Complexity and change – appreciating the implications for strategic decision-making


In much of management and organisational theory, it is common for people to either be ignored or to suggest that behaviour and attitudes can be assumed to be homogenous.

In almost every news programme we hear or see in recent years will be reference to two key influences that s strategic thinker must be cognisant of; markets and economics.

I have to admit to increasing frustration in the way that the behaviour of the former and the assumptions of the latter are treated as if there is no human involvement whatsoever. Indeed, there seems to be a view that the actions of human beings can be rationalised as if they are akin to laboratory rats!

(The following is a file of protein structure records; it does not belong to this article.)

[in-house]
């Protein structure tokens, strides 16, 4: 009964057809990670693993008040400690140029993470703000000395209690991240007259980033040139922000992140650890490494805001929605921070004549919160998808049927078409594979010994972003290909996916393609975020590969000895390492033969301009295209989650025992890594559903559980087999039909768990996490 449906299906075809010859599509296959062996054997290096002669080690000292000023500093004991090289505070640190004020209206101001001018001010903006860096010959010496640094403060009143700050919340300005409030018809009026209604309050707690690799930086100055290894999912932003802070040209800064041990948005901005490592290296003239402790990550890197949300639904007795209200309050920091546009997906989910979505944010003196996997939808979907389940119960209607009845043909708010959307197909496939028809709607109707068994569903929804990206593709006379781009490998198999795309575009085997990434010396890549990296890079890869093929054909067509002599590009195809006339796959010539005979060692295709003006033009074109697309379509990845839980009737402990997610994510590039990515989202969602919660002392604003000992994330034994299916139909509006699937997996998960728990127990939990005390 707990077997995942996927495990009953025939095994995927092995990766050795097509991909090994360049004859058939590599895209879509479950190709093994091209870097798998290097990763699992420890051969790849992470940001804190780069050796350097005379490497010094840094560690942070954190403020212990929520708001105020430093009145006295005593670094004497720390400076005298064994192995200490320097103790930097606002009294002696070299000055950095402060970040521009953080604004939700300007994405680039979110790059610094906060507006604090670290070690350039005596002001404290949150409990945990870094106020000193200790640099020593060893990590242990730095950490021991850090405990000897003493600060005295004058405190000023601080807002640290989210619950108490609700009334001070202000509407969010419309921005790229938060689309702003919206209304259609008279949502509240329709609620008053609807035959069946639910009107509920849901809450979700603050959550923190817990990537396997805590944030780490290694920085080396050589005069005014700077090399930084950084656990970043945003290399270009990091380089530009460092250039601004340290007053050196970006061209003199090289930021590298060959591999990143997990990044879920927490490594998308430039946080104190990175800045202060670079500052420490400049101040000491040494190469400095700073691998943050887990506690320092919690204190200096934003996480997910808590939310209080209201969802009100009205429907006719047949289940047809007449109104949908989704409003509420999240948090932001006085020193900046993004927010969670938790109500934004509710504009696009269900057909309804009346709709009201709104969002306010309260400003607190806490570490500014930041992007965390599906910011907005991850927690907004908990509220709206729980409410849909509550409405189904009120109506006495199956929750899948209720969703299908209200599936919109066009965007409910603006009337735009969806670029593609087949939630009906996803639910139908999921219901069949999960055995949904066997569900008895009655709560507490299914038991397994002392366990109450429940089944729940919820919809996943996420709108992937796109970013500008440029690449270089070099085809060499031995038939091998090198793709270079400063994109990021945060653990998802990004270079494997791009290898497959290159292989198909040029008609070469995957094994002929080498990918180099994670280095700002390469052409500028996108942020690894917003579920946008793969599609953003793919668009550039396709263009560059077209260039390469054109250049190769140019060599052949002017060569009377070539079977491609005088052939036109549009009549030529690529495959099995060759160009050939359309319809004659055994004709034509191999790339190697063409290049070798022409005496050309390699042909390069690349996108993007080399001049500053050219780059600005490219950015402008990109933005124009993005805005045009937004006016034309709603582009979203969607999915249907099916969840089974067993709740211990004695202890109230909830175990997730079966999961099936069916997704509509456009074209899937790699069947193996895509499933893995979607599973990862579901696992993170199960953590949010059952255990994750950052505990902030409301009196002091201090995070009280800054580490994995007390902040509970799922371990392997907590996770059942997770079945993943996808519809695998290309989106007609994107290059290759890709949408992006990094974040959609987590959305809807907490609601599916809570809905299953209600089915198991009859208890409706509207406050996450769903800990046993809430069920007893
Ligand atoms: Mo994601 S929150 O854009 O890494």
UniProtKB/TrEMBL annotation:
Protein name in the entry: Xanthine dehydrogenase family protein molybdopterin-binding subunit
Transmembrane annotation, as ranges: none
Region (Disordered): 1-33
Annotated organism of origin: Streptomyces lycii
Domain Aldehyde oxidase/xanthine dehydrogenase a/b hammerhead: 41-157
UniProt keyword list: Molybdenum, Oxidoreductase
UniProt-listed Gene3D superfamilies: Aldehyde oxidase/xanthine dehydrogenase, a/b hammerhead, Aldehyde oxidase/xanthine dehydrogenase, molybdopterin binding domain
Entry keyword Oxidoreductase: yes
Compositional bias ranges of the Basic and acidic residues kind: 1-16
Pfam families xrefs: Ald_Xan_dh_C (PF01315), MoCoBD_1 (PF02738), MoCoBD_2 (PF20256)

Markets and economics are constructs that have been developed by, normally academics, to theorise (and rationalise) the aggregate actions of human beings. The classic assumption is that if you collect enough data you will eventually develop a sufficiently robust theory which, albeit overly-complex, will be able to cope with every eventuality.

As the most recent crisis in markets should have taught demonstrated, the vast majority of the best thinkers in the world did not foresee the global financial crisis and its consequences for markets. For those who advocate the use advanced modelling, the reply to criticism of their failure to forecast the global financial crisis is to cling onto the blind faith in their models.

via Complexity and change – appreciating the implications for strategic decision-making – Birmingham Post – Business Blog.

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